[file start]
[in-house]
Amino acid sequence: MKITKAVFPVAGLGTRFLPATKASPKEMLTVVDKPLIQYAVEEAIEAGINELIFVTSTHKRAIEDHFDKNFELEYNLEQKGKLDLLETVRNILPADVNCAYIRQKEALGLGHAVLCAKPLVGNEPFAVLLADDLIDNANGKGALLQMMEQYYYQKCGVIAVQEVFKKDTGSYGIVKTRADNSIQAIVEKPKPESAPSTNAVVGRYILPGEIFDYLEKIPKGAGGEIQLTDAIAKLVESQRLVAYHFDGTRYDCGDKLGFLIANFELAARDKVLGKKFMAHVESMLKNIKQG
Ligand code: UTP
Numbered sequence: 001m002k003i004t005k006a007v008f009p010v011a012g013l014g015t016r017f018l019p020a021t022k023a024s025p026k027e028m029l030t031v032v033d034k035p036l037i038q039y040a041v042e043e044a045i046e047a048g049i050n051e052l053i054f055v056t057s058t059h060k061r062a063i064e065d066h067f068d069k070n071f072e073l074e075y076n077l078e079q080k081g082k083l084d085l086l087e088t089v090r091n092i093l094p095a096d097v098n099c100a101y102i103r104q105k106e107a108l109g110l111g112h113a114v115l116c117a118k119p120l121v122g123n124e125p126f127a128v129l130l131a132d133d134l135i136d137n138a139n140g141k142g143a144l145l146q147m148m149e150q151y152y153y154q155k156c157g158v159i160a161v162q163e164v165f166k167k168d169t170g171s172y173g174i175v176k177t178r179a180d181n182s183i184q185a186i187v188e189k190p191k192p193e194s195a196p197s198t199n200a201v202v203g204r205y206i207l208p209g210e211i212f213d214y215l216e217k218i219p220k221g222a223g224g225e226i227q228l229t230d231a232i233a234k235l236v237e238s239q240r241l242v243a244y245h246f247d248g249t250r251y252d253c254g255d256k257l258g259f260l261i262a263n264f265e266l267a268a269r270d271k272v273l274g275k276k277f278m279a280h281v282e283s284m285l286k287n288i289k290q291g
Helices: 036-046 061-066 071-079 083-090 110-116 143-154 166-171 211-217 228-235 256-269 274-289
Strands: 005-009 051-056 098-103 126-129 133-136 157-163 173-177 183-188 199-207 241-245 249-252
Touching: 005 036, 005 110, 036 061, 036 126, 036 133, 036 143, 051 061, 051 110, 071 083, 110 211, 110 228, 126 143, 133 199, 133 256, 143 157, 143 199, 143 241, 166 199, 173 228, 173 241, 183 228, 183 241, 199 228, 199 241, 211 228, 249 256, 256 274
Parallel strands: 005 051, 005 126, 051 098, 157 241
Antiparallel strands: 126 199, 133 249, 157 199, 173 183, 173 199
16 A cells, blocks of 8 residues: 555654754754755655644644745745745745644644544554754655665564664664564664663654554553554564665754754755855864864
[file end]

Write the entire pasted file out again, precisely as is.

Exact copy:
[in-house]
Amino acid sequence: MKITKAVFPVAGLGTRFLPATKASPKEMLTVVDKPLIQYAVEEAIEAGINELIFVTSTHKRAIEDHFDKNFELEYNLEQKGKLDLLETVRNILPADVNCAYIRQKEALGLGHAVLCAKPLVGNEPFAVLLADDLIDNANGKGALLQMMEQYYYQKCGVIAVQEVFKKDTGSYGIVKTRADNSIQAIVEKPKPESAPSTNAVVGRYILPGEIFDYLEKIPKGAGGEIQLTDAIAKLVESQRLVAYHFDGTRYDCGDKLGFLIANFELAARDKVLGKKFMAHVESMLKNIKQG
Ligand code: UTP
Numbered sequence: 001m002k003i004t005k006a007v008f009p010v011a012g013l014g015t016r017f018l019p020a021t022k023a024s025p026k027e028m029l030t031v032v033d034k035p036l037i038q039y040a041v042e043e044a045i046e047a048g049i050n051e052l053i054f055v056t057s058t059h060k061r062a063i064e065d066h067f068d069k070n071f072e073l074e075y076n077l078e079q080k081g082k083l084d085l086l087e088t089v090r091n092i093l094p095a096d097v098n099c100a101y102i103r104q105k106e107a108l109g110l111g112h113a114v115l116c117a118k119p120l121v122g123n124e125p126f127a128v129l130l131a132d133d134l135i136d137n138a139n140g141k142g143a144l145l146q147m148m149e150q151y152y153y154q155k156c157g158v159i160a161v162q163e164v165f166k167k168d169t170g171s172y173g174i175v176k177t178r179a180d181n182s183i184q185a186i187v188e189k190p191k192p193e194s195a196p197s198t199n200a201v202v203g204r205y206i207l208p209g210e211i212f213d214y215l216e217k218i219p220k221g222a223g224g225e226i227q228l229t230d231a232i233a234k235l236v237e238s239q240r241l242v243a244y245h246f247d248g249t250r251y252d253c254g255d256k257l258g259f260l261i262a263n264f265e266l267a268a269r270d271k272v273l274g275k276k277f278m279a280h281v282e283s284m285l286k287n288i289k290q291g
Helices: 036-046 061-066 071-079 083-090 110-116 143-154 166-171 211-217 228-235 256-269 274-289
Strands: 005-009 051-056 098-103 126-129 133-136 157-163 173-177 183-188 199-207 241-245 249-252
Touching: 005 036, 005 110, 036 061, 036 126, 036 133, 036 143, 051 061, 051 110, 071 083, 110 211, 110 228, 126 143, 133 199, 133 256, 143 157, 143 199, 143 241, 166 199, 173 228, 173 241, 183 228, 183 241, 199 228, 199 241, 211 228, 249 256, 256 274
Parallel strands: 005 051, 005 126, 051 098, 157 241
Antiparallel strands: 126 199, 133 249, 157 199, 173 183, 173 199
16 A cells, blocks of 8 residues: 555654754754755655644644745745745745644644544554754655665564664664564664663654554553554564665754754755855864864